I skidded past the cheese table, noticing the smell of hot butter (similar to what you'd smell at Luke's Lobster as they sizzle their rolls) yet also noting nothing appeared to be wearing hot butter. I found Christian Purdy, Director of Publicity for OED, whose favorite word is tintinnabulation, the ringing or sound of bells, which I do believe signifies an angel getting his wings ("Mary! Mary!!" - George Bailey). The word Purdy hates most? Well, he had a hard time limiting it, but rising above "whatever" and "like" (and they way they're uttered) was "unique." "Anyone who puts 'unique' in their cover letter has no chance of being hired by me," Purdy declared. Unique is one of those thesaurus words used when someone wants to use a word more unique than the original. Heehaw.
Purdy introduced me to Ben Zimmer, the On Language columnist for The New York Times. Poor Zimmer was on the way to the restroom when I ensnared him in my net of wordplay. Seriously, who better to scoop vocab from than someone from the NYT devoted to language? Zimmer did not disappoint. His word of choice? "Ucalegon," of course. Its meaning? An ancient Greek word meaning "Neighbor whose house is on fire." Let's hope you never have to use it. Although, it may be with luck that you do. Zimmer, a true word nerd, could not choose a word to hate. He has a hippie mentality when it comes to them, noting that "I can't blame the word" when it rubs him the wrong way, it's usually the way a person uses them. So, words don't hurt people, people hurt people.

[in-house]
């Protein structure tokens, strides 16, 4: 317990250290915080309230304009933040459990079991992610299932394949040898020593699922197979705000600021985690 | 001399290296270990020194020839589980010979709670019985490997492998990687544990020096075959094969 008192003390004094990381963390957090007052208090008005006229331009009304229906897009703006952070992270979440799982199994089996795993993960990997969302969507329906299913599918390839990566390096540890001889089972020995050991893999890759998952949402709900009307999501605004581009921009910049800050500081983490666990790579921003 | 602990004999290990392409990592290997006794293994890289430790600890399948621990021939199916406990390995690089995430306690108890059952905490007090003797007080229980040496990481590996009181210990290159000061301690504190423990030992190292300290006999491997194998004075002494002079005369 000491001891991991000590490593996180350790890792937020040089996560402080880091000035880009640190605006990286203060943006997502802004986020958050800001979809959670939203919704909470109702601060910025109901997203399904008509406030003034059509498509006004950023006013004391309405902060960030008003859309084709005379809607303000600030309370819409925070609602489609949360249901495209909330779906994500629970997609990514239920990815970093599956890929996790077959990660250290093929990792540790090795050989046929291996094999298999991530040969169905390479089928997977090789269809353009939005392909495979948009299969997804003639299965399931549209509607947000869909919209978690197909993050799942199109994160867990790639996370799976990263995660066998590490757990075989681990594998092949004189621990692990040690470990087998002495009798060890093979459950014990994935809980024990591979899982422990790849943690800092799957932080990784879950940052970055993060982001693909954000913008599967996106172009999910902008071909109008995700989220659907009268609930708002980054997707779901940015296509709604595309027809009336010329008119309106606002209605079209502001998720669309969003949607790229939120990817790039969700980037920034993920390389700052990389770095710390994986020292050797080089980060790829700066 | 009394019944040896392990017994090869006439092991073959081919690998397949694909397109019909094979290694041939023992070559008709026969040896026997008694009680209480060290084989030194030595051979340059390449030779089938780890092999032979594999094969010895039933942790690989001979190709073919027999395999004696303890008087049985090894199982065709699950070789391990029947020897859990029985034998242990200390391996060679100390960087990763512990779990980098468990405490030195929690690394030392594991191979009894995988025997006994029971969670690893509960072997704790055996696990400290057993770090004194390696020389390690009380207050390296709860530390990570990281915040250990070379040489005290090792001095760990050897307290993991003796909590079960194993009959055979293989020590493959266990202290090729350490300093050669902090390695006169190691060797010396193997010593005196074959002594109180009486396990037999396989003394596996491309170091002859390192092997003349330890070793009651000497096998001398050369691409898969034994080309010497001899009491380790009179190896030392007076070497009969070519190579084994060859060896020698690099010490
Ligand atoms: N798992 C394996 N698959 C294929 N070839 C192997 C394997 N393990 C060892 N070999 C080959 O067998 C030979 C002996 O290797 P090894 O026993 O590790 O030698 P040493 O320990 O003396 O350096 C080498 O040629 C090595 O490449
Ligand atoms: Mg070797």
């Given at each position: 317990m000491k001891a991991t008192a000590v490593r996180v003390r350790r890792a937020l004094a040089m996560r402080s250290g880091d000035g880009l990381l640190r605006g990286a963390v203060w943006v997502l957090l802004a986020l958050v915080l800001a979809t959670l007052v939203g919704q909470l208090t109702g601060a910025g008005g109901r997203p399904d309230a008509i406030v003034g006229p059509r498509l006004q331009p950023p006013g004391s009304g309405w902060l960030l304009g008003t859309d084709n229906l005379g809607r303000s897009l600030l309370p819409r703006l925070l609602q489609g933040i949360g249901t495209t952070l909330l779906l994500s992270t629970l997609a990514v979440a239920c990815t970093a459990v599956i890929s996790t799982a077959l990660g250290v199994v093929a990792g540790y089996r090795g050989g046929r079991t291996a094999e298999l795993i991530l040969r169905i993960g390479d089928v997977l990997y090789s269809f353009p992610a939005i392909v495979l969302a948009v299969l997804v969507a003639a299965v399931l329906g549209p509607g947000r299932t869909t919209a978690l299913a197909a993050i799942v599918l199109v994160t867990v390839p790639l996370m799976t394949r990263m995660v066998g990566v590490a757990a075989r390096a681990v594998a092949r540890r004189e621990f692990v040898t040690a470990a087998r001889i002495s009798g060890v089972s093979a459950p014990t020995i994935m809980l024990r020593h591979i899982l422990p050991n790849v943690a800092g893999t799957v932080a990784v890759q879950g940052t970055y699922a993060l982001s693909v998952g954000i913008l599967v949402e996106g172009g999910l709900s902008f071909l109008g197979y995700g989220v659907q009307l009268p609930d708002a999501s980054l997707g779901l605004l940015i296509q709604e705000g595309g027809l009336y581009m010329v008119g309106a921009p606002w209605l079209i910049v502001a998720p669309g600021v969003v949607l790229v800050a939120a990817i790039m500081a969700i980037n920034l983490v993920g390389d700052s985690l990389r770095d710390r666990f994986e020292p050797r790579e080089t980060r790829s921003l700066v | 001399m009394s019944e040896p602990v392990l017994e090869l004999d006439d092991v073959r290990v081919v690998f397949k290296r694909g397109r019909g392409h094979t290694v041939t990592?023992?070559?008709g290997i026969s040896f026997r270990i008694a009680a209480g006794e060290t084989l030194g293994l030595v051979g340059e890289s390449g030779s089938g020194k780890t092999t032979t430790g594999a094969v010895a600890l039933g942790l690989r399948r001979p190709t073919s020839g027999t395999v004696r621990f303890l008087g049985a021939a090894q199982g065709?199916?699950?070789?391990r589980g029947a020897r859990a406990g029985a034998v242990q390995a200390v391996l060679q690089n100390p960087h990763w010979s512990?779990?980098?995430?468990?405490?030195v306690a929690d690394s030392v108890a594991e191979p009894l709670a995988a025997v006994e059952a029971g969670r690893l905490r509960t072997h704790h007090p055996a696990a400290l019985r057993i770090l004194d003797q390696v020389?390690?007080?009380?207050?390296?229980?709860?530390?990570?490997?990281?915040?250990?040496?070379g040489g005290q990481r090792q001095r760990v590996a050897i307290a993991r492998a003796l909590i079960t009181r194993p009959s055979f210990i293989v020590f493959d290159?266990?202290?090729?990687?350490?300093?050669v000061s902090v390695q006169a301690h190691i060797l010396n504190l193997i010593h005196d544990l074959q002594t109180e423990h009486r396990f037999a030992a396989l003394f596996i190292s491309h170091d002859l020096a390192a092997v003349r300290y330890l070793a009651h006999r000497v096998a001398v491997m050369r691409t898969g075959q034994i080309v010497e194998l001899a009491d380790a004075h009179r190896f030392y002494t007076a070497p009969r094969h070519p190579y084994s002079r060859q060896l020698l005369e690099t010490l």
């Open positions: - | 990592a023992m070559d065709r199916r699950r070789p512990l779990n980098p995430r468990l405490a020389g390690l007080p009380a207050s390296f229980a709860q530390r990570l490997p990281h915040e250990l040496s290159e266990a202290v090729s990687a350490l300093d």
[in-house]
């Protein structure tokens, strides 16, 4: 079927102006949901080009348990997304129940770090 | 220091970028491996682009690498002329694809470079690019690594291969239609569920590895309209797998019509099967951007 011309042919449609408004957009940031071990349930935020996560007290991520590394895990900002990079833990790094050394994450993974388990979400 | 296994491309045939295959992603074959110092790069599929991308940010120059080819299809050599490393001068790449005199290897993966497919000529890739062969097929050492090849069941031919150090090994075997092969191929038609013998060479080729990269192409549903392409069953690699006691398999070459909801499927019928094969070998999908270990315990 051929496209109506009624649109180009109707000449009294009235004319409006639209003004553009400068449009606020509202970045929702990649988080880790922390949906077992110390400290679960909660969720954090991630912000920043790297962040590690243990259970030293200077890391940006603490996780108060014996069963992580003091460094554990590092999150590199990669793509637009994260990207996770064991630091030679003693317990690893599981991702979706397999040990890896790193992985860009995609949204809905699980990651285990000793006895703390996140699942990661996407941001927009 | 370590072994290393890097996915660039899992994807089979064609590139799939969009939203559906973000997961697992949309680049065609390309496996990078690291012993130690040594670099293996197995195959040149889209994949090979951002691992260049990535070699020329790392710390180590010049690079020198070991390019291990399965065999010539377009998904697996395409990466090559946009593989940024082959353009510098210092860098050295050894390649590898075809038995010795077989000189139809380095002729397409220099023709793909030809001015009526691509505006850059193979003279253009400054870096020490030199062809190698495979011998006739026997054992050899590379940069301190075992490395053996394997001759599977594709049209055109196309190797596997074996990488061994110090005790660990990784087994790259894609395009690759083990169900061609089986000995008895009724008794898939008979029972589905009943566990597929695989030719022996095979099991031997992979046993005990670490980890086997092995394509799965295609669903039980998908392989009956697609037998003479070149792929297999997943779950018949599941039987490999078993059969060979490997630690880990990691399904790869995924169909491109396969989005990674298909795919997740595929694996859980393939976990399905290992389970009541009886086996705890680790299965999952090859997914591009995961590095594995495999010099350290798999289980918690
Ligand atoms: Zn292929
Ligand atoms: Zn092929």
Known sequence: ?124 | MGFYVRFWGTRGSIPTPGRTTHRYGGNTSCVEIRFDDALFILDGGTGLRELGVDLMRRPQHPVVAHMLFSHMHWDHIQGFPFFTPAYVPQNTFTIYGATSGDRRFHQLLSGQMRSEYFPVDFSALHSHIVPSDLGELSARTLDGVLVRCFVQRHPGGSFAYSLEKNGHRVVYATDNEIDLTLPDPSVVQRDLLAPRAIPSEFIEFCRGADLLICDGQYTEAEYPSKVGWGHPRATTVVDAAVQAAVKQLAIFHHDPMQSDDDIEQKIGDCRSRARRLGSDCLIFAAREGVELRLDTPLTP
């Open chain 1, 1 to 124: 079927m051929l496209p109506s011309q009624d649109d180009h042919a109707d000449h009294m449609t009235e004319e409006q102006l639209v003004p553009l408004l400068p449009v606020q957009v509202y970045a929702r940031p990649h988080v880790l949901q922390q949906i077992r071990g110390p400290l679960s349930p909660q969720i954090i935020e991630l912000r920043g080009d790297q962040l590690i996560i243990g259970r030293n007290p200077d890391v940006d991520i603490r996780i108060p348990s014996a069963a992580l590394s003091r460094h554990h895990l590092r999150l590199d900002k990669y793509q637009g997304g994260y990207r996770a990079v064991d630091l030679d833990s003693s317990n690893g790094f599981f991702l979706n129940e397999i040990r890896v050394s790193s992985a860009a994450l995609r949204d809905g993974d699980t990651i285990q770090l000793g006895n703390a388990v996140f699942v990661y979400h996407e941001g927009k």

I released Zimmer to the toilets and bopped over to the table occupied by Katherine Martin, Senior Editor of the new word section of the new OED.com. I imagine she is the recipient of the nerdiest hate mail. I fact, before I arrived at the party, I checked Twitter to see if I would know any other attendees and stumbled upon this gem. People are passionate about their words! Katherine Martin's inbox must be filled with letters of discontent regarding the destruction of the English language. Blame "Jersey Shore"! Katherine's favorite word is Schadenfreude, the pleasure derived from the misfortune of others. So, when you giggle when that aggressive Trader Joe's shopper's bag explodes in a rain of clementines and Jo-Jos, that's what's up.